In This Together – what we learned from launching an emergency grants fund: blog update

Sarah Walters, Best Practice Manager

Thank you to everyone who so generously supported Crisis’ In This Together (ITT) campaign, launched in March 2020, just as we entered the first lockdown.

At a time of heightened fear and panic, when many were worrying about their personal safety and the wellbeing of friends and family, Crisis supporters rallied together to protect people experiencing homelessness and the services on which they depended.

You recognised from the very start of the outbreak that people without a safe home would be hit the hardest, and you did something to soften the blow.

Why was the fund set up?

Our In This Together grant fund was set up to support local homelessness organisations at the most acute end of the response to coronavirus, so that they could carry on helping people who were homeless and particularly at risk from the virus.

The fund was launched quickly, a week after the first lockdown, and more than a month prior to the announcement of the £6-million emergency funding package from the Government to support frontline homelessness charities. The speed of the grants programme filled funding gaps and allowed organisations to adapt quickly.

Without [the ITT funding], we probably would have had to wait, there would have been a gap in the service.

Grantee 6, England

The ITT fund gave out over £1.8m in two phases; a phase of smaller grants which met immediate need and larger grants up to £50,000 which funded larger and longer projects. With the funds now spent, and the projects concluded, I wanted to share some of the outcomes, challenges and learnings from the ITT large grants programme, which supported organisations who made significant changes to their services to meet the specific needs of their members.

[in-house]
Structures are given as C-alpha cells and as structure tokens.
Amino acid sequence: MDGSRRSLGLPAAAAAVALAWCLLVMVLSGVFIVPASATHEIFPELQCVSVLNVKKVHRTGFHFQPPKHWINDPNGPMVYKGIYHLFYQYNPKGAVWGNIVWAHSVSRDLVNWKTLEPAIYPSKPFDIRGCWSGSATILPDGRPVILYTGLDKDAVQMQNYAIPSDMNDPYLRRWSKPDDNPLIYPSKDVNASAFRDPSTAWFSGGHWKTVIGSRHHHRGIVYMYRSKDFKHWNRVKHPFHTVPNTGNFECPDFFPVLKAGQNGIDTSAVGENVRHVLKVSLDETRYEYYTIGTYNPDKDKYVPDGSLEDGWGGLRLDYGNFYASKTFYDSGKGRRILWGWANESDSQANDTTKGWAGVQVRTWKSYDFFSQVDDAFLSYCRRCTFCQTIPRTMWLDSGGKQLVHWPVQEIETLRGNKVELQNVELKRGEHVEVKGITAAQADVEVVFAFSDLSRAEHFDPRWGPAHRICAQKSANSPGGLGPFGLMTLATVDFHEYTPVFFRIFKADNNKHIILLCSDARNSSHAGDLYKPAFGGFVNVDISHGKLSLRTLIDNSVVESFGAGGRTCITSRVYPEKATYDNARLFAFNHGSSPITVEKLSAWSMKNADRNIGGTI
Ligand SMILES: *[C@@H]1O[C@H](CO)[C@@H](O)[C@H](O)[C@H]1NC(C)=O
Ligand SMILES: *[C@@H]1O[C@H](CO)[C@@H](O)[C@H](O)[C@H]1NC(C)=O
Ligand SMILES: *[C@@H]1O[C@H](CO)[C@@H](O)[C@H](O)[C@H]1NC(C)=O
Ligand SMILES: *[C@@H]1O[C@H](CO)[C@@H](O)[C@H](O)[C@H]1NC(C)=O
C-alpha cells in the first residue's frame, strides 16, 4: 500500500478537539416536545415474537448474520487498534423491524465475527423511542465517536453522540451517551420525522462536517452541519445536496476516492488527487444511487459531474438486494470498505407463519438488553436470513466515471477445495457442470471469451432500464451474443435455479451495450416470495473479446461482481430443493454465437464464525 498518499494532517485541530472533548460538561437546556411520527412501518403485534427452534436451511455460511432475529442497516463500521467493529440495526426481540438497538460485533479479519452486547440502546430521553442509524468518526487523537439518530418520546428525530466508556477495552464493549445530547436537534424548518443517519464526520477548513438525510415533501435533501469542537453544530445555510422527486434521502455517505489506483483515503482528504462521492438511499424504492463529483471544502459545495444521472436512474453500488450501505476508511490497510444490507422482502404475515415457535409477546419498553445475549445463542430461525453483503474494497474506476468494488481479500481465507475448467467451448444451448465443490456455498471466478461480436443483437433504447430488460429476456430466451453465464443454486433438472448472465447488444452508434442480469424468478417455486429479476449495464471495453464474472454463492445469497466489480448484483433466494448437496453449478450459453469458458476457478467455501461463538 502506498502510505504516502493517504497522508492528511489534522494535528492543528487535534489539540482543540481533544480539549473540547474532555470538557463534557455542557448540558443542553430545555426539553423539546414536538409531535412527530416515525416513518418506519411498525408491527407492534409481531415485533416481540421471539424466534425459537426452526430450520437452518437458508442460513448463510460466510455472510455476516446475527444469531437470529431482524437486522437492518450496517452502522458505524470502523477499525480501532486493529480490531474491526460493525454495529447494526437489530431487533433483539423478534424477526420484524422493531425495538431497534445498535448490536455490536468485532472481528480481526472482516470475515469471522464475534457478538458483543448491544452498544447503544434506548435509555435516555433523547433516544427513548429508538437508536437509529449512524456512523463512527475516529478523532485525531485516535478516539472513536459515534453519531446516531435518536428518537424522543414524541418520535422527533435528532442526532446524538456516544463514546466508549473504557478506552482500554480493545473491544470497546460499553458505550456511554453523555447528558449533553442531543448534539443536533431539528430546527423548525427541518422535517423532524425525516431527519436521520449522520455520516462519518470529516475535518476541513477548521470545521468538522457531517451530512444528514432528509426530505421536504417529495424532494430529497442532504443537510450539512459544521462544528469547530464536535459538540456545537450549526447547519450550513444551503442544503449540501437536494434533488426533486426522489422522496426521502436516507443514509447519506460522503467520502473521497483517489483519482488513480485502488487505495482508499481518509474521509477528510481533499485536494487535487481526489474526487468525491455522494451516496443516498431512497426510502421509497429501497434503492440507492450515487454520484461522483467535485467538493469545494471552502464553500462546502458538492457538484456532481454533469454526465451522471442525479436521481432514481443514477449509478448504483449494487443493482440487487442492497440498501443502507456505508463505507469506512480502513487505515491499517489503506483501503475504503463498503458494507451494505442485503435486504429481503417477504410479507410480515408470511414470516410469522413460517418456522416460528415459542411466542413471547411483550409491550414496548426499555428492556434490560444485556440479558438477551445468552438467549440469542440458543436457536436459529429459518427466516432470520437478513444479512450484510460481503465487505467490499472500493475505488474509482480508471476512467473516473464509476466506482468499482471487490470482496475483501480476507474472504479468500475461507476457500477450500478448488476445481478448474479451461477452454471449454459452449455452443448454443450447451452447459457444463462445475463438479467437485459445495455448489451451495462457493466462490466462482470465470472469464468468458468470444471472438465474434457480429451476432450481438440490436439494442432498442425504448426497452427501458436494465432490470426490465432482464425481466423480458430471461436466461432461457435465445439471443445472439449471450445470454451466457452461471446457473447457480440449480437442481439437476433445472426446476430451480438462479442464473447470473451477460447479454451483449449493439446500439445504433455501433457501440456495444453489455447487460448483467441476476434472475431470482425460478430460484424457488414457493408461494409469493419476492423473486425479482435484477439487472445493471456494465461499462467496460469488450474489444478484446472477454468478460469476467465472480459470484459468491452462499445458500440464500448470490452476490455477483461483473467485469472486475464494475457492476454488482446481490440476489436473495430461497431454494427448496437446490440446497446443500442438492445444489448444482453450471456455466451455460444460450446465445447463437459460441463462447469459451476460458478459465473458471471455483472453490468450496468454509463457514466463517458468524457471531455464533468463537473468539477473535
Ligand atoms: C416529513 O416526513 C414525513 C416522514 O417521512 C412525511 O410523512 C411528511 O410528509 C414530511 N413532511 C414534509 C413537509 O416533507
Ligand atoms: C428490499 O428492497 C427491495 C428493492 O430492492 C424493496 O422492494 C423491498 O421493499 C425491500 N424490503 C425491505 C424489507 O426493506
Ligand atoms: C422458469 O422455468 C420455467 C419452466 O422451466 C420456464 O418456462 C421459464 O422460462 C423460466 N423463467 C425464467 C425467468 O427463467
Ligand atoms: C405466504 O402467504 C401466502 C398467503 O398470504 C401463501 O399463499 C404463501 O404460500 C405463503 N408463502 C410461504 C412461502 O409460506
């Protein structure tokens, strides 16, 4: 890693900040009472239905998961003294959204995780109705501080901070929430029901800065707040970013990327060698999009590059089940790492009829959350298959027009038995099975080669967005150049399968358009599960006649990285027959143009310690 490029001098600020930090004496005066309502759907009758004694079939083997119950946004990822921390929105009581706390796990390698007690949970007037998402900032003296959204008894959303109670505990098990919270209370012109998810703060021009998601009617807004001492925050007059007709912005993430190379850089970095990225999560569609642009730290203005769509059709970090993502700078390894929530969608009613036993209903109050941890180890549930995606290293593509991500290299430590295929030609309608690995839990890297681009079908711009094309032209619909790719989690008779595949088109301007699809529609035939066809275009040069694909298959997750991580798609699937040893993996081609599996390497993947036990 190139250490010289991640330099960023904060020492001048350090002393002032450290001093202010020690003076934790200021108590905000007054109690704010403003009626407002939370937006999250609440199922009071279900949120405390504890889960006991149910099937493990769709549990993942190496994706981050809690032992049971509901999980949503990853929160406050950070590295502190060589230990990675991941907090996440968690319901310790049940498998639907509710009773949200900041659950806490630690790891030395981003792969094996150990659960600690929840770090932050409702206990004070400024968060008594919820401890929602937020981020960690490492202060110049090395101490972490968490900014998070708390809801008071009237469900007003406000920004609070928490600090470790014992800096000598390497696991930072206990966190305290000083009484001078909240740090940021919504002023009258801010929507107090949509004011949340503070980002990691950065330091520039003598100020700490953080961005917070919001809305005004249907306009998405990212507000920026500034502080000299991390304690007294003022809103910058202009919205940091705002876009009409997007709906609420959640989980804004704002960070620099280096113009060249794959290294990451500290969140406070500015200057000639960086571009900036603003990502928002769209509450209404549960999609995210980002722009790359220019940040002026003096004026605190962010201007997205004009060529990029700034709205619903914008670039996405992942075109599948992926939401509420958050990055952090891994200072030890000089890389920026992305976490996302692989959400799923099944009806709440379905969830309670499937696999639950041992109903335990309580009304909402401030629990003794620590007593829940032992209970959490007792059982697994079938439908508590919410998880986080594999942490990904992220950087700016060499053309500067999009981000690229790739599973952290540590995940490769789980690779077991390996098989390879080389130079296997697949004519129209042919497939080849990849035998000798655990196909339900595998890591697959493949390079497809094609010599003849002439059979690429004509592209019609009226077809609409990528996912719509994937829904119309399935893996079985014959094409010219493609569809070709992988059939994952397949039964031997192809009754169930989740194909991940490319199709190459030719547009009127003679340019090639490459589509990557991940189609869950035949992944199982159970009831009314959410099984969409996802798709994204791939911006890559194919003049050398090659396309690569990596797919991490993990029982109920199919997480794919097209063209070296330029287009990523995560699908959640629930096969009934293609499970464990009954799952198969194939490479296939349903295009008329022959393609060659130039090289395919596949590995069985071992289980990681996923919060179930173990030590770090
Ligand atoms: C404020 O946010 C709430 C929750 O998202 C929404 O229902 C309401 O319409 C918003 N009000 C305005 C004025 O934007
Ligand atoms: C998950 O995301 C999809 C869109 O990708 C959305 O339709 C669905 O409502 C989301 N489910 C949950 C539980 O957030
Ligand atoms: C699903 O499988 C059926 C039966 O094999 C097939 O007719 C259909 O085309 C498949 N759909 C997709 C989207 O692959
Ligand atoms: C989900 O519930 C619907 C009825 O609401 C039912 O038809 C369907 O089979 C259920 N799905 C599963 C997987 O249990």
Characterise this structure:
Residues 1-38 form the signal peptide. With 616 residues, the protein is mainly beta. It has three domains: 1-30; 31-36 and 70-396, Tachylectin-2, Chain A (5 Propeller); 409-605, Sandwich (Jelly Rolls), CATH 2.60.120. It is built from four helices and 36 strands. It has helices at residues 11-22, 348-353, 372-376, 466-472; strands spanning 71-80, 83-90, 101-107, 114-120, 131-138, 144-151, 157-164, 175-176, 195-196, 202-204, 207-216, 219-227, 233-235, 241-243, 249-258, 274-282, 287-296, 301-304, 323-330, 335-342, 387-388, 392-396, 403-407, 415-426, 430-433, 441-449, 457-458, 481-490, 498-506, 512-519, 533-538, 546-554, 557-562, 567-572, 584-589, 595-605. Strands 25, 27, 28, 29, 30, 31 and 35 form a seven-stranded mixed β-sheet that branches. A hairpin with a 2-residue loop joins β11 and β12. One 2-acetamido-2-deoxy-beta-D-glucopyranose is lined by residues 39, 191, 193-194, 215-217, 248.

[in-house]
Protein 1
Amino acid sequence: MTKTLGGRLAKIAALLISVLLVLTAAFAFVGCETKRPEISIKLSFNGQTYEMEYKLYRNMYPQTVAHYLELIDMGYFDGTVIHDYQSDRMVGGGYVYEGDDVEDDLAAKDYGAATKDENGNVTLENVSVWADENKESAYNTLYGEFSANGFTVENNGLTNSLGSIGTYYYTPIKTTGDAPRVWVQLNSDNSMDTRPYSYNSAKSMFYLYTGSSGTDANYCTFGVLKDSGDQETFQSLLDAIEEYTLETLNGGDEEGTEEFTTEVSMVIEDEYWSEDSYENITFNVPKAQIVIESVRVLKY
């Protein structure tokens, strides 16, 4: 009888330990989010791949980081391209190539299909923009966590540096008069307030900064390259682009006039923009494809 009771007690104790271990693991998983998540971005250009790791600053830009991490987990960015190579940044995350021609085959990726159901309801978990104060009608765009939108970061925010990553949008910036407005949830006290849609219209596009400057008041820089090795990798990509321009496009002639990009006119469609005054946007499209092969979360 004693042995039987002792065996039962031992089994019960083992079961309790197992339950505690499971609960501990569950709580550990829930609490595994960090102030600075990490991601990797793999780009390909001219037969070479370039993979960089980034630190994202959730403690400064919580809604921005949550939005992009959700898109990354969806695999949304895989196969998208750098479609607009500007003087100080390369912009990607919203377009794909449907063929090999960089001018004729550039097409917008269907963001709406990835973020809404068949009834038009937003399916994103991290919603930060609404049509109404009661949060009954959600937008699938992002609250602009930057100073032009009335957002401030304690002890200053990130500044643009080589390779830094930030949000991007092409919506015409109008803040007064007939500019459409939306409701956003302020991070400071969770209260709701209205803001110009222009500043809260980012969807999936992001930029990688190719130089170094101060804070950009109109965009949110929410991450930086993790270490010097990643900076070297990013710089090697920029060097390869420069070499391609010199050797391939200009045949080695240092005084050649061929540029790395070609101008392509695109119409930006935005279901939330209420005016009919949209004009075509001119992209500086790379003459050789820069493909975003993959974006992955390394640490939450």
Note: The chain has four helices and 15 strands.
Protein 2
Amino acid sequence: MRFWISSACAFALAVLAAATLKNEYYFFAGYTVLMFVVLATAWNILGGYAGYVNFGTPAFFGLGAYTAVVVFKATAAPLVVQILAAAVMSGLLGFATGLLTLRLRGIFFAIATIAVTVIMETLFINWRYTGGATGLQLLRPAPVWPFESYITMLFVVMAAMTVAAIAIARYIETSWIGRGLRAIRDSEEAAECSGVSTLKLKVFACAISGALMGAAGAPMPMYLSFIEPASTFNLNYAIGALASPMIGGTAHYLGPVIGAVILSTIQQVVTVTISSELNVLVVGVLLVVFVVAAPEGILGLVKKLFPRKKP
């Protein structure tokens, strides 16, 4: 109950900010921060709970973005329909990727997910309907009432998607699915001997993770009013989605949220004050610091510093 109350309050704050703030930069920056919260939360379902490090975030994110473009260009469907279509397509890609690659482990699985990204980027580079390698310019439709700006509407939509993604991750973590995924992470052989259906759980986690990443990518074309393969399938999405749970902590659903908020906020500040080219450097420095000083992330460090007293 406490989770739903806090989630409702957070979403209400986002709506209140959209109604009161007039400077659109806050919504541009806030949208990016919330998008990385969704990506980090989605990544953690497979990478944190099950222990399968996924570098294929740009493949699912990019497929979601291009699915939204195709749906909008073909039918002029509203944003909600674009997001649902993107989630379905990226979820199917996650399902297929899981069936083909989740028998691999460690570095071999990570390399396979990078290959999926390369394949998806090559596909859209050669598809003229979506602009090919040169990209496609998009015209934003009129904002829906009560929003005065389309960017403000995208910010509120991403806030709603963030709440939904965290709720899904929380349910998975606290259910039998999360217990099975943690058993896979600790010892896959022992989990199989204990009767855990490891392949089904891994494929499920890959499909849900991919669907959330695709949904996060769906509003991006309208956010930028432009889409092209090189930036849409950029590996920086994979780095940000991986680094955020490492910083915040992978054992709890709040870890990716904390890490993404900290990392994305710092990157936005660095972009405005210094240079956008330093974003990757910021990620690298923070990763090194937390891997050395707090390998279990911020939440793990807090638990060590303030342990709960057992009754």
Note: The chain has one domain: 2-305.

Where did the money go?

The ITT large grants programme supported a total of 23 organisations, who jointly received £832,685 in funding. Grants ranged from £10,000-£50,000 and were awarded to a diverse group of grantees, including providers of supported housing, debt advice services, domestic abuse charities, young people’s charities and others.

The grants dealt with the direct consequences of the pandemic, such as the provision of emergency food, IT equipment to combat digital exclusion and mental health support such as counselling services. But primarily, they had longer-term and potentially lifesaving impacts by helping to secure settled housing for people and therefore reducing the spread of COVID-19.

Seventy-five percent of grantees surveyed prevented or ended homelessness, supporting a combined total of 646 people either by placing them in permanent accommodation or preventing their evictions.

Challenges and learnings

Perhaps the biggest learning from the pandemic, and a theme that emerged from the projects supported by ITT, was the need for a flexible service offering. And the ITT funds enabled grantees to adapt accordingly. One domestic abuse charity used their funding to provide an out-of-hours phoneline service to support victims who were spending more time with their abusers during the pandemic, and therefore had fewer opportunities to contact organisations like theirs.

Offering a mix of face-to-face and remote services meant that organisations were still able to reach people who needed support despite restrictions imposed by the pandemic.